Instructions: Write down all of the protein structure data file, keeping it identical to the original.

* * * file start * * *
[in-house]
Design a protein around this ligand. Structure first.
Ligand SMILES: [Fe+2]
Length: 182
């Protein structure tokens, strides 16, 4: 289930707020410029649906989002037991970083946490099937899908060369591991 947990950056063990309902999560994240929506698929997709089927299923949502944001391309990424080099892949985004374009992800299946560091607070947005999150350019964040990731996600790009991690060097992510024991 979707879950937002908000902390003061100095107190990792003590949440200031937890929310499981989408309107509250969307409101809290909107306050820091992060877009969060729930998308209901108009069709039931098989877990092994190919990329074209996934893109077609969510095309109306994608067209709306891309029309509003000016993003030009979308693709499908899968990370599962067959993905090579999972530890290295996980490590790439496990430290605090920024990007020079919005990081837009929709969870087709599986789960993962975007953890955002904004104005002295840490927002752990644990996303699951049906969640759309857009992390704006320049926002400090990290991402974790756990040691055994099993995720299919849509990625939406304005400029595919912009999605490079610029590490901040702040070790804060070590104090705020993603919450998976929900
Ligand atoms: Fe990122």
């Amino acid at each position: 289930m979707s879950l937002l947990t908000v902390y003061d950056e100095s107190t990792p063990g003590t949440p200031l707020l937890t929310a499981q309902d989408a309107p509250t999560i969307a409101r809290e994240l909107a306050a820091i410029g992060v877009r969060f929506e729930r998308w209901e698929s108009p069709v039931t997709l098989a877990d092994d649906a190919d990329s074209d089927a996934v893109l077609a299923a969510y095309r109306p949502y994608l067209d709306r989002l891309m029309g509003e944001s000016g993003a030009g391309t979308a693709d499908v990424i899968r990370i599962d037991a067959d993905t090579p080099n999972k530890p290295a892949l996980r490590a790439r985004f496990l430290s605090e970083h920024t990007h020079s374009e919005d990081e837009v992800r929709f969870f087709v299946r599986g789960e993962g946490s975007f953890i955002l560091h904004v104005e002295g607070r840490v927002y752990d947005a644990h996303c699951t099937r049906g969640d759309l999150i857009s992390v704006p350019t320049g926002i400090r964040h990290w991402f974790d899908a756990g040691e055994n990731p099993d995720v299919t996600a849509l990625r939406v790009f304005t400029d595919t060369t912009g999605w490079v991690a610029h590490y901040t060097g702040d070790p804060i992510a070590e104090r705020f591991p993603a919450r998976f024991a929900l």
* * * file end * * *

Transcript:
[in-house]
Design a protein around this ligand. Structure first.
Ligand SMILES: [Fe+2]
Length: 182
């Protein structure tokens, strides 16, 4: 289930707020410029649906989002037991970083946490099937899908060369591991 947990950056063990309902999560994240929506698929997709089927299923949502944001391309990424080099892949985004374009992800299946560091607070947005999150350019964040990731996600790009991690060097992510024991 979707879950937002908000902390003061100095107190990792003590949440200031937890929310499981989408309107509250969307409101809290909107306050820091992060877009969060729930998308209901108009069709039931098989877990092994190919990329074209996934893109077609969510095309109306994608067209709306891309029309509003000016993003030009979308693709499908899968990370599962067959993905090579999972530890290295996980490590790439496990430290605090920024990007020079919005990081837009929709969870087709599986789960993962975007953890955002904004104005002295840490927002752990644990996303699951049906969640759309857009992390704006320049926002400090990290991402974790756990040691055994099993995720299919849509990625939406304005400029595919912009999605490079610029590490901040702040070790804060070590104090705020993603919450998976929900
Ligand atoms: Fe990122």
């Amino acid at each position: 289930m979707s879950l937002l947990t908000v902390y003061d950056e100095s107190t990792p063990g003590t949440p200031l707020l937890t929310a499981q309902d989408a309107p509250t999560i969307a409101r809290e994240l909107a306050a820091i410029g992060v877009r969060f929506e729930r998308w209901e698929s108009p069709v039931t997709l098989a877990d092994d649906a190919d990329s074209d089927a996934v893109l077609a299923a969510y095309r109306p949502y994608l067209d709306r989002l891309m029309g509003e944001s000016g993003a030009g391309t979308a693709d499908v990424i899968r990370i599962d037991a067959d993905t090579p080099n999972k530890p290295a892949l996980r490590a790439r985004f496990l430290s605090e970083h920024t990007h020079s374009e919005d990081e837009v992800r929709f969870f087709v299946r599986g789960e993962g946490s975007f953890i955002l560091h904004v104005e002295g607070r840490v927002y752990d947005a644990h996303c699951t099937r049906g969640d759309l999150i857009s992390v704006p350019t320049g926002i400090r964040h990290w991402f974790d899908a756990g040691e055994n990731p099993d995720v299919t996600a849509l990625r939406v790009f304005t400029d595919t060369t912009g999605w490079v991690a610029h590490y901040t060097g702040d070790p804060i992510a070590e104090r705020f591991p993603a919450r998976f024991a929900l």